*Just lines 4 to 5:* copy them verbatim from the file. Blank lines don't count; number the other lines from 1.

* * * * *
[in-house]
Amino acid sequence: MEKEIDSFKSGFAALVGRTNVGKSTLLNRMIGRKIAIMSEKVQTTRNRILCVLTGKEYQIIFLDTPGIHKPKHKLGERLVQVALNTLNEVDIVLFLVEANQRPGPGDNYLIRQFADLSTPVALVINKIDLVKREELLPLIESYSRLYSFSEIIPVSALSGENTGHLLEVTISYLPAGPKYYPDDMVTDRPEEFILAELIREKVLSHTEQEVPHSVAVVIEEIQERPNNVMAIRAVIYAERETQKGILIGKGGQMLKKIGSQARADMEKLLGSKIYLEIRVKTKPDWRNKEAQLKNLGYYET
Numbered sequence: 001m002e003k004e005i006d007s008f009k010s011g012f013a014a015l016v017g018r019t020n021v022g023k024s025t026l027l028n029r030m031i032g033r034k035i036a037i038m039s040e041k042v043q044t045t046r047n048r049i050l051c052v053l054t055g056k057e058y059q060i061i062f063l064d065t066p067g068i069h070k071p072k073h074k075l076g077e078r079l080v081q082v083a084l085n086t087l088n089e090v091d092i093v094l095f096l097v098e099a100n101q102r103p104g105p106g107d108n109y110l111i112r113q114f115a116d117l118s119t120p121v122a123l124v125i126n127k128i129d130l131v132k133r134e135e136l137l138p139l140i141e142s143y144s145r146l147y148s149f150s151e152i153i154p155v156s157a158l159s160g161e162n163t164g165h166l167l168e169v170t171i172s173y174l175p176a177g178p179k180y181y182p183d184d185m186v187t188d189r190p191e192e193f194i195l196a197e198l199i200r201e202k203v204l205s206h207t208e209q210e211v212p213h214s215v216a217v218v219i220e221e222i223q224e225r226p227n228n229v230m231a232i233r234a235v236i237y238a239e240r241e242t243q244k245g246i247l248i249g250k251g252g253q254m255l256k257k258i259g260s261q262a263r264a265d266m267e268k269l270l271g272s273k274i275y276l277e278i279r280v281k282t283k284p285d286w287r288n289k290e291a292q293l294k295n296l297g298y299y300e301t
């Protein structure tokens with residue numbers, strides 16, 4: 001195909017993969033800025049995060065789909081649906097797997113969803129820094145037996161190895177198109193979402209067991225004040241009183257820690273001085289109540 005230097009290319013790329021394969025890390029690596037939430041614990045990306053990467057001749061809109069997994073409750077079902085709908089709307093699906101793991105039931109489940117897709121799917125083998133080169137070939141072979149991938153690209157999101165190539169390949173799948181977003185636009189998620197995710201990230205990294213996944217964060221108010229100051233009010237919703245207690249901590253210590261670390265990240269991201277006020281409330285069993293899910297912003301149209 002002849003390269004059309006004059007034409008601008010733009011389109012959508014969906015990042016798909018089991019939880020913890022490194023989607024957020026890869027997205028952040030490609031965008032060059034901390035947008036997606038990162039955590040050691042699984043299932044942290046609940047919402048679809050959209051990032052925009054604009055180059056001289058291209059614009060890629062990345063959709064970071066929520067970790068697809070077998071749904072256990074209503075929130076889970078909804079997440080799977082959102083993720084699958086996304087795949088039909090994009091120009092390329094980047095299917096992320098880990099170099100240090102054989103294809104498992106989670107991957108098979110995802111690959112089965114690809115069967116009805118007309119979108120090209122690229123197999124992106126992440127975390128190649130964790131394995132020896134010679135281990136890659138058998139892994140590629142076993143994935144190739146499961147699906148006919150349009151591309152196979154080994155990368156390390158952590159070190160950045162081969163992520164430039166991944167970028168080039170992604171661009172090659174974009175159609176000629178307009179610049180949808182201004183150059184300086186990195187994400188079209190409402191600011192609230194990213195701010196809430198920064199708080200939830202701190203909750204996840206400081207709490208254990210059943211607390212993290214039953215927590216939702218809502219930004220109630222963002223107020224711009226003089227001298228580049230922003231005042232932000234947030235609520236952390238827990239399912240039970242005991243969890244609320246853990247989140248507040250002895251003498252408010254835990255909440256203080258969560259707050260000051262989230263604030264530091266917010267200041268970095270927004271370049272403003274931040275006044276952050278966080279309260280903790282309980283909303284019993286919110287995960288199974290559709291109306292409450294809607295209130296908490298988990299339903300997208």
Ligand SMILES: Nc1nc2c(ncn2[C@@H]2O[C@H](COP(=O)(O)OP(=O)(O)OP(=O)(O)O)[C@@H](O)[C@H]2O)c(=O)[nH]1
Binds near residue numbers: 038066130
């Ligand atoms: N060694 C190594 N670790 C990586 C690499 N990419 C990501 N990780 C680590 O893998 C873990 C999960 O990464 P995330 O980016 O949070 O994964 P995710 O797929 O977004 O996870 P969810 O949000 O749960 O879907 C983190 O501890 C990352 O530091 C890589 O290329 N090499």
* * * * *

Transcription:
């Protein structure tokens with residue numbers, strides 16, 4: 001195909017993969033800025049995060065789909081649906097797997113969803129820094145037996161190895177198109193979402209067991225004040241009183257820690273001085289109540 005230097009290319013790329021394969025890390029690596037939430041614990045990306053990467057001749061809109069997994073409750077079902085709908089709307093699906101793991105039931109489940117897709121799917125083998133080169137070939141072979149991938153690209157999101165190539169390949173799948181977003185636009189998620197995710201990230205990294213996944217964060221108010229100051233009010237919703245207690249901590253210590261670390265990240269991201277006020281409330285069993293899910297912003301149209 002002849003390269004059309006004059007034409008601008010733009011389109012959508014969906015990042016798909018089991019939880020913890022490194023989607024957020026890869027997205028952040030490609031965008032060059034901390035947008036997606038990162039955590040050691042699984043299932044942290046609940047919402048679809050959209051990032052925009054604009055180059056001289058291209059614009060890629062990345063959709064970071066929520067970790068697809070077998071749904072256990074209503075929130076889970078909804079997440080799977082959102083993720084699958086996304087795949088039909090994009091120009092390329094980047095299917096992320098880990099170099100240090102054989103294809104498992106989670107991957108098979110995802111690959112089965114690809115069967116009805118007309119979108120090209122690229123197999124992106126992440127975390128190649130964790131394995132020896134010679135281990136890659138058998139892994140590629142076993143994935144190739146499961147699906148006919150349009151591309152196979154080994155990368156390390158952590159070190160950045162081969163992520164430039166991944167970028168080039170992604171661009172090659174974009175159609176000629178307009179610049180949808182201004183150059184300086186990195187994400188079209190409402191600011192609230194990213195701010196809430198920064199708080200939830202701190203909750204996840206400081207709490208254990210059943211607390212993290214039953215927590216939702218809502219930004220109630222963002223107020224711009226003089227001298228580049230922003231005042232932000234947030235609520236952390238827990239399912240039970242005991243969890244609320246853990247989140248507040250002895251003498252408010254835990255909440256203080258969560259707050260000051262989230263604030264530091266917010267200041268970095270927004271370049272403003274931040275006044276952050278966080279309260280903790282309980283909303284019993286919110287995960288199974290559709291109306292409450294809607295209130296908490298988990299339903300997208």
Ligand SMILES: Nc1nc2c(ncn2[C@@H]2O[C@H](COP(=O)(O)OP(=O)(O)OP(=O)(O)O)[C@@H](O)[C@H]2O)c(=O)[nH]1